And it was...bad. Parts were even truly awful. Which sucks, because as I mentioned I LOVE the show. And I love the show because I love the characters. I feel like I kind of grew up with Carrie, Charlotte, Miranda, and Samantha. And before you get worried, I mean teenage/college grew up, not childhood grew up. Not to get all too junior high sex education, but as I was growing into womanhood, I turned to the show as this fantasy, idealized version of what womanhood can be. Embarrassing confession: I still watch Sex and the City marathons to combat the nervousness leading up to a first date. And some might scoff, and some feminists might scoff, but I'm a proud feminist darn it, and there's always been something empowering about watching single women who made their own money, bought their own (outrageously unrealistic designer clothes) and had their own lives. Yes the men in Sex and the City are important and in every episode, but the show isn't about them. It's a show about women, definitively. And even though as I got older I understood that these women's lives were not generally realistic, I related more and more to details of the women, parts of their otherwise unrealistic lives that were in fact painfully and honestly real.

Which brings me to this movie and what my biggest issue was with it. It wasn't even the fact that it was wildly offensive about women in the Middle East. (PS for everyone concerned when making a movie about women who choose to wear full veils, yes some women are forced into it and that sucks, but some women CHOOSE to do that out of their own free will, and it is condescending as hell to suggest that no woman could ever make that choice on her own, and quite frankly it's sexist to think that all women are victims without even trying to find out if that is the case, stepping off soap box). It wasn't even that aspect of the movie that was the most disappointing. It was the fact that somewhere along the way these characters who used to be at least in some ways relatable and lifelike had become caricatures. Not only were they caricatures, but they were caricatures of out of touch, high class Americans who had no understanding of anything outside of their income bracket. There is an entire sub-plot about how hard and overwhelming and stressful Charlotte's life is as a mother, despite the fact that this STAY AT HOME MOTHER has a LIVE IN NANNY. Huh in the what now? This movie tries to suggest that Charlotte has it really rough because her adorable adopted daughter gets paint on her vintage Valentino skirt. Relatable right? That's the biggest burden of a mother's life, trying to keep baby hands off off several thousand dollar pieces of clothing. Let me tell you. I am not a mother. But I've been a nanny. Getting covered in paint is part of the job. Paint is the last of your worries in fact. There are much worse things to be covered in. And guess what? For most mothers there isn't a full time nanny hiding in the closet to spring to the rescue.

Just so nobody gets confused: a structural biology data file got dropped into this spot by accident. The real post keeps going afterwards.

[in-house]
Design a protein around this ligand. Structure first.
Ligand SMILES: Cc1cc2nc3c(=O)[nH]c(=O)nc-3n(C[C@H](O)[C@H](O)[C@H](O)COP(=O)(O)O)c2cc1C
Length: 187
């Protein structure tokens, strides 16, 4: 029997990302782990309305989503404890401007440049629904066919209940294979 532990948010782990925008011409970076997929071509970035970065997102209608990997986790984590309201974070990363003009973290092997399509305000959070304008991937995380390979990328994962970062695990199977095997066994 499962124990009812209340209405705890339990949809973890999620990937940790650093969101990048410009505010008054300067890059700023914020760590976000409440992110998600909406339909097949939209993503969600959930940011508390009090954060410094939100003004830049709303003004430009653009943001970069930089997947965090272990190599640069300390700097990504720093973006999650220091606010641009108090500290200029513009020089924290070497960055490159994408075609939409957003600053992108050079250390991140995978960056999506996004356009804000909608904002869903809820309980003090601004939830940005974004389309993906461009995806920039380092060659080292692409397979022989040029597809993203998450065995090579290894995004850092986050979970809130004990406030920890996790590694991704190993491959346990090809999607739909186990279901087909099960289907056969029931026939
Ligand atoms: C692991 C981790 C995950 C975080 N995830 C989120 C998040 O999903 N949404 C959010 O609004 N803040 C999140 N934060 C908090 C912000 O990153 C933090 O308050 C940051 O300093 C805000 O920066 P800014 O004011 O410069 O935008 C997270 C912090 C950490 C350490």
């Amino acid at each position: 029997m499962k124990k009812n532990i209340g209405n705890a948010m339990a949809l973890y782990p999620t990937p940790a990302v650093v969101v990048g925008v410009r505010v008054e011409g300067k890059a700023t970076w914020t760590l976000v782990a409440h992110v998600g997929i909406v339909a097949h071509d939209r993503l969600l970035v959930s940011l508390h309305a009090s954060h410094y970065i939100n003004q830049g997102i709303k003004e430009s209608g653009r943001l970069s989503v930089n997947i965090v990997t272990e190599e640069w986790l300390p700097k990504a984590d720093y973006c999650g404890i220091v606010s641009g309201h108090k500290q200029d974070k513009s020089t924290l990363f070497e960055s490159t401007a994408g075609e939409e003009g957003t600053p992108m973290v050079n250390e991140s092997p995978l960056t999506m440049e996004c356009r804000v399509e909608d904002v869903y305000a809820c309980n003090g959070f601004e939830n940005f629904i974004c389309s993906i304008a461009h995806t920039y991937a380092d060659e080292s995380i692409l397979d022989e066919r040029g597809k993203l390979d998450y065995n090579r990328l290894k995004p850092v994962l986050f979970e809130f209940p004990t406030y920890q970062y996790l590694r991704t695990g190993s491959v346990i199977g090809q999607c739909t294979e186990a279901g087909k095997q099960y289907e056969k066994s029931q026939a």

And again I'm not a mother, but I would still like to say on behalf of mothers everywhere who either work full time or stay at home, but do not have the luxury of hiring full time help, shut up movie!

Also the biggest conflict of the film, the pressurized build up to the climax, is over whether or not the four ladies will be forced to suffer the indignity, the torture, the shame, of having to fly back to NYC in COACH. Again, as someone who has spent several ten plus hour flights in coach and lived to tell about it, shut up movie!